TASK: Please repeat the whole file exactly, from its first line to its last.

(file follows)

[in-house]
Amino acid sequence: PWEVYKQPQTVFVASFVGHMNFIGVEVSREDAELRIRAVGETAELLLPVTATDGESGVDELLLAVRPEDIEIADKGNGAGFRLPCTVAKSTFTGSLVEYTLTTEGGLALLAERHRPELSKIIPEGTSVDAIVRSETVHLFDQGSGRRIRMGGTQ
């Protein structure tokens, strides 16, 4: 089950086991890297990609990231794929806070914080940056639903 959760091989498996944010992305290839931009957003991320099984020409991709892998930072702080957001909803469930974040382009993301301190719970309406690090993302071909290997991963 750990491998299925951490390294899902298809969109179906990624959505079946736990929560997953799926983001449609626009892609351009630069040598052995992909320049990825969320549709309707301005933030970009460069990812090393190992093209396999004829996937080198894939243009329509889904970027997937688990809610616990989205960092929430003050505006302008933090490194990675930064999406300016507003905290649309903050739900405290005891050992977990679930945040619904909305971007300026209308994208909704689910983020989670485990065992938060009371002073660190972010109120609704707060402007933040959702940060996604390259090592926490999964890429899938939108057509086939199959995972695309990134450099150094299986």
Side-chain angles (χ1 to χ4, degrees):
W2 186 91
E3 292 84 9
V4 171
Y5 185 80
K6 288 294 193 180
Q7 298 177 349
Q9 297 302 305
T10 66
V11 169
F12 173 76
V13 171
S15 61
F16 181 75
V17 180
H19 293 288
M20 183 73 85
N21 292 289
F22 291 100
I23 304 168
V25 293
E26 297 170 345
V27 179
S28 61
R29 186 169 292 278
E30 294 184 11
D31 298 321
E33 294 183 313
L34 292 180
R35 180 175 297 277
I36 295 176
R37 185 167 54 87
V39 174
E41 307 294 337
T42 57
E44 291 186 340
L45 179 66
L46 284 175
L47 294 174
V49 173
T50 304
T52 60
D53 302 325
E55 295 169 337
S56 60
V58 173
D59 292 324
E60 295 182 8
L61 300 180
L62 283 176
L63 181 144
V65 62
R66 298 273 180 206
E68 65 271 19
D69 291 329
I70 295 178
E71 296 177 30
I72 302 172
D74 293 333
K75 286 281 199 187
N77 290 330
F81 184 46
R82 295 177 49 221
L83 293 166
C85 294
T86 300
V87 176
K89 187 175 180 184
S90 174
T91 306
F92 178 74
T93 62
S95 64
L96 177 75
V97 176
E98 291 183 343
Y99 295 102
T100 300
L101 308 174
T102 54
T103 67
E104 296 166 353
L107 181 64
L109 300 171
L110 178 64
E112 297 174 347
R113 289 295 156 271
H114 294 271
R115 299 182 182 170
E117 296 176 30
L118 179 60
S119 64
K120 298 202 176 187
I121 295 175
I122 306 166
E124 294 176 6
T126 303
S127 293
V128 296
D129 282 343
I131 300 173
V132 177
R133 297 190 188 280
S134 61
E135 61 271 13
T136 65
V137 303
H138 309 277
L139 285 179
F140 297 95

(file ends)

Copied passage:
[in-house]
Amino acid sequence: PWEVYKQPQTVFVASFVGHMNFIGVEVSREDAELRIRAVGETAELLLPVTATDGESGVDELLLAVRPEDIEIADKGNGAGFRLPCTVAKSTFTGSLVEYTLTTEGGLALLAERHRPELSKIIPEGTSVDAIVRSETVHLFDQGSGRRIRMGGTQ
């Protein structure tokens, strides 16, 4: 089950086991890297990609990231794929806070914080940056639903 959760091989498996944010992305290839931009957003991320099984020409991709892998930072702080957001909803469930974040382009993301301190719970309406690090993302071909290997991963 750990491998299925951490390294899902298809969109179906990624959505079946736990929560997953799926983001449609626009892609351009630069040598052995992909320049990825969320549709309707301005933030970009460069990812090393190992093209396999004829996937080198894939243009329509889904970027997937688990809610616990989205960092929430003050505006302008933090490194990675930064999406300016507003905290649309903050739900405290005891050992977990679930945040619904909305971007300026209308994208909704689910983020989670485990065992938060009371002073660190972010109120609704707060402007933040959702940060996604390259090592926490999964890429899938939108057509086939199959995972695309990134450099150094299986």
Side-chain angles (χ1 to χ4, degrees):
W2 186 91
E3 292 84 9
V4 171
Y5 185 80
K6 288 294 193 180
Q7 298 177 349
Q9 297 302 305
T10 66
V11 169
F12 173 76
V13 171
S15 61
F16 181 75
V17 180
H19 293 288
M20 183 73 85
N21 292 289
F22 291 100
I23 304 168
V25 293
E26 297 170 345
V27 179
S28 61
R29 186 169 292 278
E30 294 184 11
D31 298 321
E33 294 183 313
L34 292 180
R35 180 175 297 277
I36 295 176
R37 185 167 54 87
V39 174
E41 307 294 337
T42 57
E44 291 186 340
L45 179 66
L46 284 175
L47 294 174
V49 173
T50 304
T52 60
D53 302 325
E55 295 169 337
S56 60
V58 173
D59 292 324
E60 295 182 8
L61 300 180
L62 283 176
L63 181 144
V65 62
R66 298 273 180 206
E68 65 271 19
D69 291 329
I70 295 178
E71 296 177 30
I72 302 172
D74 293 333
K75 286 281 199 187
N77 290 330
F81 184 46
R82 295 177 49 221
L83 293 166
C85 294
T86 300
V87 176
K89 187 175 180 184
S90 174
T91 306
F92 178 74
T93 62
S95 64
L96 177 75
V97 176
E98 291 183 343
Y99 295 102
T100 300
L101 308 174
T102 54
T103 67
E104 296 166 353
L107 181 64
L109 300 171
L110 178 64
E112 297 174 347
R113 289 295 156 271
H114 294 271
R115 299 182 182 170
E117 296 176 30
L118 179 60
S119 64
K120 298 202 176 187
I121 295 175
I122 306 166
E124 294 176 6
T126 303
S127 293
V128 296
D129 282 343
I131 300 173
V132 177
R133 297 190 188 280
S134 61
E135 61 271 13
T136 65
V137 303
H138 309 277
L139 285 179
F140 297 95